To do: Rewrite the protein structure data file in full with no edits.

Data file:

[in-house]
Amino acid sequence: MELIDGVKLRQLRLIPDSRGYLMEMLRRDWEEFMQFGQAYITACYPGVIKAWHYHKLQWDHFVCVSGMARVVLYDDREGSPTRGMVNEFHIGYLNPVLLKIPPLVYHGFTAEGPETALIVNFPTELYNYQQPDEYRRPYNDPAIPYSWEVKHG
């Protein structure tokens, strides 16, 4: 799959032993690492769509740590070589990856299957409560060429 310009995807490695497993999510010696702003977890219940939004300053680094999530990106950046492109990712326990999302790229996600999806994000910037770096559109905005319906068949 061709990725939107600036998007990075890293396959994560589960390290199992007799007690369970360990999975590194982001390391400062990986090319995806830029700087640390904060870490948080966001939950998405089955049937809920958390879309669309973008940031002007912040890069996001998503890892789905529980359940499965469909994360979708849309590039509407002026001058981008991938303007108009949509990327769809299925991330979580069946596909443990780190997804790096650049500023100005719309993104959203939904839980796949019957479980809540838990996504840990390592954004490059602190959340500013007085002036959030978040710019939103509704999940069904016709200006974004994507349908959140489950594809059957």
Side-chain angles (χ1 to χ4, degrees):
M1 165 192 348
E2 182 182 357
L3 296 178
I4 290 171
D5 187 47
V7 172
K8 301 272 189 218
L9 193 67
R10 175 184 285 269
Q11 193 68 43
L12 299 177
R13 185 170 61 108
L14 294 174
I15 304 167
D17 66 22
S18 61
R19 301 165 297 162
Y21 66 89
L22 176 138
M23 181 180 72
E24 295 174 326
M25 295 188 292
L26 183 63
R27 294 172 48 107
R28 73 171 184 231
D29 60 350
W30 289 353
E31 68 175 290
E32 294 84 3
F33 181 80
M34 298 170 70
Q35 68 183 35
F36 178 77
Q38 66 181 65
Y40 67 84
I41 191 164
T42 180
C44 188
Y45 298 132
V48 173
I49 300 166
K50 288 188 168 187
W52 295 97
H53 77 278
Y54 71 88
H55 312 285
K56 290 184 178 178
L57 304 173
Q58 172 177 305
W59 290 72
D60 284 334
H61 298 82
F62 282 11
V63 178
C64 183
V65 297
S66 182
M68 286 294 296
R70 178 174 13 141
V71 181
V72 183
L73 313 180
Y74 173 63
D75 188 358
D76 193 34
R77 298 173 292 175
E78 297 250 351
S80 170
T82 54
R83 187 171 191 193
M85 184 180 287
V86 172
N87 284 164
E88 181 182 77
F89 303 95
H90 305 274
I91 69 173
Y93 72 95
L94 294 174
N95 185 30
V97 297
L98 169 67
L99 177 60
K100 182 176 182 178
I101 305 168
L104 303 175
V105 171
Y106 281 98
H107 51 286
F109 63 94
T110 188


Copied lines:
[in-house]
Amino acid sequence: MELIDGVKLRQLRLIPDSRGYLMEMLRRDWEEFMQFGQAYITACYPGVIKAWHYHKLQWDHFVCVSGMARVVLYDDREGSPTRGMVNEFHIGYLNPVLLKIPPLVYHGFTAEGPETALIVNFPTELYNYQQPDEYRRPYNDPAIPYSWEVKHG
């Protein structure tokens, strides 16, 4: 799959032993690492769509740590070589990856299957409560060429 310009995807490695497993999510010696702003977890219940939004300053680094999530990106950046492109990712326990999302790229996600999806994000910037770096559109905005319906068949 061709990725939107600036998007990075890293396959994560589960390290199992007799007690369970360990999975590194982001390391400062990986090319995806830029700087640390904060870490948080966001939950998405089955049937809920958390879309669309973008940031002007912040890069996001998503890892789905529980359940499965469909994360979708849309590039509407002026001058981008991938303007108009949509990327769809299925991330979580069946596909443990780190997804790096650049500023100005719309993104959203939904839980796949019957479980809540838990996504840990390592954004490059602190959340500013007085002036959030978040710019939103509704999940069904016709200006974004994507349908959140489950594809059957």
Side-chain angles (χ1 to χ4, degrees):
M1 165 192 348
E2 182 182 357
L3 296 178
I4 290 171
D5 187 47
V7 172
K8 301 272 189 218
L9 193 67
R10 175 184 285 269
Q11 193 68 43
L12 299 177
R13 185 170 61 108
L14 294 174
I15 304 167
D17 66 22
S18 61
R19 301 165 297 162
Y21 66 89
L22 176 138
M23 181 180 72
E24 295 174 326
M25 295 188 292
L26 183 63
R27 294 172 48 107
R28 73 171 184 231
D29 60 350
W30 289 353
E31 68 175 290
E32 294 84 3
F33 181 80
M34 298 170 70
Q35 68 183 35
F36 178 77
Q38 66 181 65
Y40 67 84
I41 191 164
T42 180
C44 188
Y45 298 132
V48 173
I49 300 166
K50 288 188 168 187
W52 295 97
H53 77 278
Y54 71 88
H55 312 285
K56 290 184 178 178
L57 304 173
Q58 172 177 305
W59 290 72
D60 284 334
H61 298 82
F62 282 11
V63 178
C64 183
V65 297
S66 182
M68 286 294 296
R70 178 174 13 141
V71 181
V72 183
L73 313 180
Y74 173 63
D75 188 358
D76 193 34
R77 298 173 292 175
E78 297 250 351
S80 170
T82 54
R83 187 171 191 193
M85 184 180 287
V86 172
N87 284 164
E88 181 182 77
F89 303 95
H90 305 274
I91 69 173
Y93 72 95
L94 294 174
N95 185 30
V97 297
L98 169 67
L99 177 60
K100 182 176 182 178
I101 305 168
L104 303 175
V105 171
Y106 281 98
H107 51 286
F109 63 94
T110 188